Chuck Bentley on How to Avoid Falling for Financial Fraud

Dear Chuck,

My best friend’s mother was a victim of financial fraud. She lost most of her retirement savings. I’ve read about Bernie Madoff and his Ponzi scheme but I’m concerned for the vulnerable people I know. What can I do to protect my family and those I love?

Afraid of Fraud

Dear Afraid of Fraud,

I hate hearing of another victim of fraud. Unfortunately, I have counseled numerous people through the years that have been scammed.

We live in a day and time when dishonest people have more ways to access seniors, veterans, the military, even faith-based organizations for financial gain.

The Bernie Madoff scheme made international news a decade ago. He pled guilty to the largest Ponzi scheme in history after successfully swindling investors out of $65 billion. That was considered by some an “affinity fraud” as it was primarily a Jewish person using inherent trust to deceive others in the Jewish community.

I had friends who were deceived by Tom Petters. He was convicted of 20 criminal counts and sentenced to 50 years in prison for running a $3.65 billion Ponzi scheme. But, he relied on others to keep it going. The New Republic reported how an accomplice of his used donations to get to the hearts and wallets of those in Christian and political circles. It’s an educational article and worthy of your time.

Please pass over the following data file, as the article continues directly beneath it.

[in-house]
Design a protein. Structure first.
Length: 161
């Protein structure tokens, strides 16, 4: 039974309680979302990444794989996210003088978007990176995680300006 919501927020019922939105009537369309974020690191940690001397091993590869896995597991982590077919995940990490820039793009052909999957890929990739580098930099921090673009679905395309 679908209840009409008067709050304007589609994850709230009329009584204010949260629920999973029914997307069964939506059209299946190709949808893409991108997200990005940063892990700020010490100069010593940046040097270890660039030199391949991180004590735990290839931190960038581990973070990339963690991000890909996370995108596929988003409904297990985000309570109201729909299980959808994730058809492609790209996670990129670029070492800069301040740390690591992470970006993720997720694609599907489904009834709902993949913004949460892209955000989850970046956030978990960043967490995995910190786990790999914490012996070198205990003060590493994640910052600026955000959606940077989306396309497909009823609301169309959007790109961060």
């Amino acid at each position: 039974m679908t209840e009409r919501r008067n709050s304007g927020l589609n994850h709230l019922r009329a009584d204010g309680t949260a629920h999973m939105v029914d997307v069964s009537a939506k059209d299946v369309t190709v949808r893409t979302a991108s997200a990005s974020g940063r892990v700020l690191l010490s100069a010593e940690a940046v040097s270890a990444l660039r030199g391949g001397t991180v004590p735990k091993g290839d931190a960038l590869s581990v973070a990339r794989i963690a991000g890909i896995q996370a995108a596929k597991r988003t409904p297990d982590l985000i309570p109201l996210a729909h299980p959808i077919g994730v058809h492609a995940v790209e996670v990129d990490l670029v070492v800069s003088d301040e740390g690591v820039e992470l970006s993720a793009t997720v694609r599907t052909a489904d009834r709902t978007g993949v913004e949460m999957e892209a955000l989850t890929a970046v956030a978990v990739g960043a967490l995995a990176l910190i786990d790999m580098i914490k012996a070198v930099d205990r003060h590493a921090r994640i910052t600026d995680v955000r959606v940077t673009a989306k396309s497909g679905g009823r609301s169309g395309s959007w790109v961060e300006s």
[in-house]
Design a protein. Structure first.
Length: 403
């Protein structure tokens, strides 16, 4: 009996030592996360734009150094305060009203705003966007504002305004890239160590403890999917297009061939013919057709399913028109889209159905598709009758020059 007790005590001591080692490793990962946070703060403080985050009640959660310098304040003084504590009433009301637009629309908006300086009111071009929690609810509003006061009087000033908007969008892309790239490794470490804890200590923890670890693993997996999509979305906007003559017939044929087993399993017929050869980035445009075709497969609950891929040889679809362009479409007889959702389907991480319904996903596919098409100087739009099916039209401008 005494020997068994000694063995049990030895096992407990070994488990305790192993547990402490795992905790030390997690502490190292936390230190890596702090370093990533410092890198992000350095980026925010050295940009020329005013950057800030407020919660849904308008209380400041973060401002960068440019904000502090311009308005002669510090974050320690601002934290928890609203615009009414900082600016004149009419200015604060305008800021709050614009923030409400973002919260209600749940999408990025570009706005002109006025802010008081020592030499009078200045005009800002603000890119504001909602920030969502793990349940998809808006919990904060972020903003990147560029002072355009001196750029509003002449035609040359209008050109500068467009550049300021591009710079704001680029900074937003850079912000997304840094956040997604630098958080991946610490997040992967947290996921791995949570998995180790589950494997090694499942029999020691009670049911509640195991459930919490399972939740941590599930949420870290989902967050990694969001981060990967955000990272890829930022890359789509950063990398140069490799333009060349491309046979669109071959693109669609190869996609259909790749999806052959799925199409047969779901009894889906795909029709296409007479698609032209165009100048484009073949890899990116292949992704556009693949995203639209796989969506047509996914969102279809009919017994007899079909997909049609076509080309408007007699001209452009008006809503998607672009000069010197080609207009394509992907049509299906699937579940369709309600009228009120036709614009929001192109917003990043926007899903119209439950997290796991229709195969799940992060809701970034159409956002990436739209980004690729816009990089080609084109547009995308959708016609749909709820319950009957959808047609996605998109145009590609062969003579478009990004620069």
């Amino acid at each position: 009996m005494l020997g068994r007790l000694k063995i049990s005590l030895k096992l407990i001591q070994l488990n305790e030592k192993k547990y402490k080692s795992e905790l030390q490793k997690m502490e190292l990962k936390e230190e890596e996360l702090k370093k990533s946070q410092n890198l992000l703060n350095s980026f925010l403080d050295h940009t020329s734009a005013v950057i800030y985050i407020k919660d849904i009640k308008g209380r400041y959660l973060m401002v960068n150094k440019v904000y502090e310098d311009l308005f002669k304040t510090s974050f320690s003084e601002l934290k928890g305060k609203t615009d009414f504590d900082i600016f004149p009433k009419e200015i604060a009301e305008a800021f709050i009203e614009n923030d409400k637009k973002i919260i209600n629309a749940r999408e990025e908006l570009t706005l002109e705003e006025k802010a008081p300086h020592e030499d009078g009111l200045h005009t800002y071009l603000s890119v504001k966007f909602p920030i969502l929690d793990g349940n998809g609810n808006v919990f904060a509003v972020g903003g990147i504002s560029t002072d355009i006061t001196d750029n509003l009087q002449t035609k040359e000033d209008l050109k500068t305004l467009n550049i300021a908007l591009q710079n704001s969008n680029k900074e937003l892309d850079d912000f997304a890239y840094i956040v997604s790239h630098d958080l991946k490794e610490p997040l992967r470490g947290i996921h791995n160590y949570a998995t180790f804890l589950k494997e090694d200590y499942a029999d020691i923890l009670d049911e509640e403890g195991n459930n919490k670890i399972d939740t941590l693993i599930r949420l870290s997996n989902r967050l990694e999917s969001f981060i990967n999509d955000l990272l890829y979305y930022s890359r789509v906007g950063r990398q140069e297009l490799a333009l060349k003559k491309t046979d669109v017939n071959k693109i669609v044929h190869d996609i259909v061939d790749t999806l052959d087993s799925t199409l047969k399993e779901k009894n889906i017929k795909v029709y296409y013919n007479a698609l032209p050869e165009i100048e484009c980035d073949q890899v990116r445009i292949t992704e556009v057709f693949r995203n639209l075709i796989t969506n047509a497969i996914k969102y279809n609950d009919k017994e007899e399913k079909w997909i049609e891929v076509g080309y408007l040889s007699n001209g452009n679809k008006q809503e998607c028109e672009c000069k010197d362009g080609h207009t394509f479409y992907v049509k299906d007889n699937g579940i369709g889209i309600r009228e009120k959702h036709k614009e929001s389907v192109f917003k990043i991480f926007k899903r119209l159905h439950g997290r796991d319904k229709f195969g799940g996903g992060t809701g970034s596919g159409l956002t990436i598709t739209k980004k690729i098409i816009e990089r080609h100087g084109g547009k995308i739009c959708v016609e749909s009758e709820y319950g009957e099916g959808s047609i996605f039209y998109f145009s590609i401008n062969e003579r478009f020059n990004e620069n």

Affinity fraud is insidious because it is built upon the assumption of trust through being a part of or affiliated with some common group or cause. Greed and lust for dishonest gain is at the root of fraud, but it is often hard to detect.

The SEC says affinity fraud exploits the trust and friendship that exists in groups of people who have something in common. Fraudsters use different methods to gain access to groups, often using key leaders to promote their scheme. Respected individuals make the scam more believable. Unfortunately, they may not realize an investment is a fraud until after they’ve recruited others.

Many investment scams are known as Ponzi or pyramid schemes, named for swindler Charles Ponzi who orchestrated one in 1919. Here is an important tip to help you keep your guard up: most ponzi schemes have some similarities.

Characteristics of Ponzi Schemes

  • Guaranteed promise of high returns with little risk
  • Consistent flow of returns regardless of market conditions
  • Investments are not registered with the SEC
  • Investment strategies are confidential or too complex to explain
  • Clients are not allowed to see official paperwork for their investment
  • Clients face difficulties removing their money

Click here to read more.

SOURCE: Christian Post, Chuck Bentley